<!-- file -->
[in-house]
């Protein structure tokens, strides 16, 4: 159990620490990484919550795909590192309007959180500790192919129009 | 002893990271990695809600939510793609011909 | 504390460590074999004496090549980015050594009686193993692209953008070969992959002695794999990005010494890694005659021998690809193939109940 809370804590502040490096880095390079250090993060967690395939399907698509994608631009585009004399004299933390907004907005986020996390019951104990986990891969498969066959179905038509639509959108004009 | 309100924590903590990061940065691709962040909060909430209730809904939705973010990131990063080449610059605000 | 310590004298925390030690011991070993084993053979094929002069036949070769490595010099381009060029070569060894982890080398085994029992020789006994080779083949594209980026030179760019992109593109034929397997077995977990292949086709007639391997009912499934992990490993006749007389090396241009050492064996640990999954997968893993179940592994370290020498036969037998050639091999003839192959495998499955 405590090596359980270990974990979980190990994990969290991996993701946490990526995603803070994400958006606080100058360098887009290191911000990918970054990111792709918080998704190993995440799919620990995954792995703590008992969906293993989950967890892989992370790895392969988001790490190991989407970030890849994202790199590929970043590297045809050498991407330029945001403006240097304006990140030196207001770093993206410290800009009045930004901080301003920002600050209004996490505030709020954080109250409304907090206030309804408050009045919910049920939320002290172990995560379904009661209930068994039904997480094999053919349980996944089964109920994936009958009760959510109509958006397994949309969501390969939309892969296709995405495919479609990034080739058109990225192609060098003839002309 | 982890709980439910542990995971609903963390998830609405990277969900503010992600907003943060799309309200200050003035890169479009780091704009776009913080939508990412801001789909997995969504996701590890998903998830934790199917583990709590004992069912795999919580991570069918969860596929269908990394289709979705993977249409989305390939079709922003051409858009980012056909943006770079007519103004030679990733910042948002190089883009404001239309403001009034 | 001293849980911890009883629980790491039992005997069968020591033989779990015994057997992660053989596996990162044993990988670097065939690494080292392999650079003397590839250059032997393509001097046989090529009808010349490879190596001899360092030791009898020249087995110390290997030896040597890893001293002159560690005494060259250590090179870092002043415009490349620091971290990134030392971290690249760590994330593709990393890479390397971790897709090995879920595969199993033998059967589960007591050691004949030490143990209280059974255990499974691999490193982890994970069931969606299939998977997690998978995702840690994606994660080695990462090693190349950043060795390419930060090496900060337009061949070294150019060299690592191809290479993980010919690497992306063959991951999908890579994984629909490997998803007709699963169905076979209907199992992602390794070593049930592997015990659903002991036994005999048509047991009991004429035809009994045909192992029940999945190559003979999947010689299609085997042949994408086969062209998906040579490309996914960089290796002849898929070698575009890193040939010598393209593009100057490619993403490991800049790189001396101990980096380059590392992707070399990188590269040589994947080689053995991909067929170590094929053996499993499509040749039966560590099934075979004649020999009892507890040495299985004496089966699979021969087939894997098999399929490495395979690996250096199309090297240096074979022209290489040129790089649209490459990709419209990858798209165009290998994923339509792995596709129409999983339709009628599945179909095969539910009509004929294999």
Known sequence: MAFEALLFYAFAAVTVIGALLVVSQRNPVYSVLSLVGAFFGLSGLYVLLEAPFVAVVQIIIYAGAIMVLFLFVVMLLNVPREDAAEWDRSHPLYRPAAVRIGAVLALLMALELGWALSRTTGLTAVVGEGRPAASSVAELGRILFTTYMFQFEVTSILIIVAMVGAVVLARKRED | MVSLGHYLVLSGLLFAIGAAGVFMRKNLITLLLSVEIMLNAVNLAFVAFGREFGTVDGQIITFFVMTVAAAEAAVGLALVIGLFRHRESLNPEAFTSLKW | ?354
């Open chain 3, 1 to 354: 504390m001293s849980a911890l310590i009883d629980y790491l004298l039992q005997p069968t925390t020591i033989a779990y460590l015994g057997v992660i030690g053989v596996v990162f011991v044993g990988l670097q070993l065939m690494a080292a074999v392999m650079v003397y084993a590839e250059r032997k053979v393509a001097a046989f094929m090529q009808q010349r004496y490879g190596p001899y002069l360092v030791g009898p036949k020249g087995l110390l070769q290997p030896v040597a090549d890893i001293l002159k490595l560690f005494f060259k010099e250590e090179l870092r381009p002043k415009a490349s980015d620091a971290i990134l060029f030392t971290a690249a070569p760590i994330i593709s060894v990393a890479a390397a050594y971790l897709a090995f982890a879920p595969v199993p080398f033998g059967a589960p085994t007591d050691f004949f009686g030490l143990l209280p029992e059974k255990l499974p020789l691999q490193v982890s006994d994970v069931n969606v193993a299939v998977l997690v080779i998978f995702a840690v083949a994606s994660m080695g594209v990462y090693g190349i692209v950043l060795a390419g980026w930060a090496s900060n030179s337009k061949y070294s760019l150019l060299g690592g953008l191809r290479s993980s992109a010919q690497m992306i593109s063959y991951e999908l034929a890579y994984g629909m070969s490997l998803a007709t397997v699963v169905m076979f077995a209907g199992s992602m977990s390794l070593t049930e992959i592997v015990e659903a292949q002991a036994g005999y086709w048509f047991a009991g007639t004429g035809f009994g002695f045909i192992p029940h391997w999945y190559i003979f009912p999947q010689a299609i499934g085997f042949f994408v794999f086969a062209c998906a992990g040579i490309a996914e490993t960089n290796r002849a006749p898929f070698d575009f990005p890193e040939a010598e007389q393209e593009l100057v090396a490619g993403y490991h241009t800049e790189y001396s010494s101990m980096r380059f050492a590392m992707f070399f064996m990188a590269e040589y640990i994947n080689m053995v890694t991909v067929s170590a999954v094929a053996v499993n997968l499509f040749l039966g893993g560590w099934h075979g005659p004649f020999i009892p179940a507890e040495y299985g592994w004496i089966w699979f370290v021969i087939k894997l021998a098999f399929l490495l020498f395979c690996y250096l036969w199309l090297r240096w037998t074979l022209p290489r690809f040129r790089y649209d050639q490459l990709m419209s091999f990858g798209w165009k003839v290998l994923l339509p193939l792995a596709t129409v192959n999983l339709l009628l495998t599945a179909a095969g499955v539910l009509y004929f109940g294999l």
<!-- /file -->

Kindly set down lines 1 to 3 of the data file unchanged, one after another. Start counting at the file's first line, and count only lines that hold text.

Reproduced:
[in-house]
């Protein structure tokens, strides 16, 4: 159990620490990484919550795909590192309007959180500790192919129009 | 002893990271990695809600939510793609011909 | 504390460590074999004496090549980015050594009686193993692209953008070969992959002695794999990005010494890694005659021998690809193939109940 809370804590502040490096880095390079250090993060967690395939399907698509994608631009585009004399004299933390907004907005986020996390019951104990986990891969498969066959179905038509639509959108004009 | 309100924590903590990061940065691709962040909060909430209730809904939705973010990131990063080449610059605000 | 310590004298925390030690011991070993084993053979094929002069036949070769490595010099381009060029070569060894982890080398085994029992020789006994080779083949594209980026030179760019992109593109034929397997077995977990292949086709007639391997009912499934992990490993006749007389090396241009050492064996640990999954997968893993179940592994370290020498036969037998050639091999003839192959495998499955 405590090596359980270990974990979980190990994990969290991996993701946490990526995603803070994400958006606080100058360098887009290191911000990918970054990111792709918080998704190993995440799919620990995954792995703590008992969906293993989950967890892989992370790895392969988001790490190991989407970030890849994202790199590929970043590297045809050498991407330029945001403006240097304006990140030196207001770093993206410290800009009045930004901080301003920002600050209004996490505030709020954080109250409304907090206030309804408050009045919910049920939320002290172990995560379904009661209930068994039904997480094999053919349980996944089964109920994936009958009760959510109509958006397994949309969501390969939309892969296709995405495919479609990034080739058109990225192609060098003839002309 | 982890709980439910542990995971609903963390998830609405990277969900503010992600907003943060799309309200200050003035890169479009780091704009776009913080939508990412801001789909997995969504996701590890998903998830934790199917583990709590004992069912795999919580991570069918969860596929269908990394289709979705993977249409989305390939079709922003051409858009980012056909943006770079007519103004030679990733910042948002190089883009404001239309403001009034 | 001293849980911890009883629980790491039992005997069968020591033989779990015994057997992660053989596996990162044993990988670097065939690494080292392999650079003397590839250059032997393509001097046989090529009808010349490879190596001899360092030791009898020249087995110390290997030896040597890893001293002159560690005494060259250590090179870092002043415009490349620091971290990134030392971290690249760590994330593709990393890479390397971790897709090995879920595969199993033998059967589960007591050691004949030490143990209280059974255990499974691999490193982890994970069931969606299939998977997690998978995702840690994606994660080695990462090693190349950043060795390419930060090496900060337009061949070294150019060299690592191809290479993980010919690497992306063959991951999908890579994984629909490997998803007709699963169905076979209907199992992602390794070593049930592997015990659903002991036994005999048509047991009991004429035809009994045909192992029940999945190559003979999947010689299609085997042949994408086969062209998906040579490309996914960089290796002849898929070698575009890193040939010598393209593009100057490619993403490991800049790189001396101990980096380059590392992707070399990188590269040589994947080689053995991909067929170590094929053996499993499509040749039966560590099934075979004649020999009892507890040495299985004496089966699979021969087939894997098999399929490495395979690996250096199309090297240096074979022209290489040129790089649209490459990709419209990858798209165009290998994923339509792995596709129409999983339709009628599945179909095969539910009509004929294999």
Known sequence: MAFEALLFYAFAAVTVIGALLVVSQRNPVYSVLSLVGAFFGLSGLYVLLEAPFVAVVQIIIYAGAIMVLFLFVVMLLNVPREDAAEWDRSHPLYRPAAVRIGAVLALLMALELGWALSRTTGLTAVVGEGRPAASSVAELGRILFTTYMFQFEVTSILIIVAMVGAVVLARKRED | MVSLGHYLVLSGLLFAIGAAGVFMRKNLITLLLSVEIMLNAVNLAFVAFGREFGTVDGQIITFFVMTVAAAEAAVGLALVIGLFRHRESLNPEAFTSLKW | ?354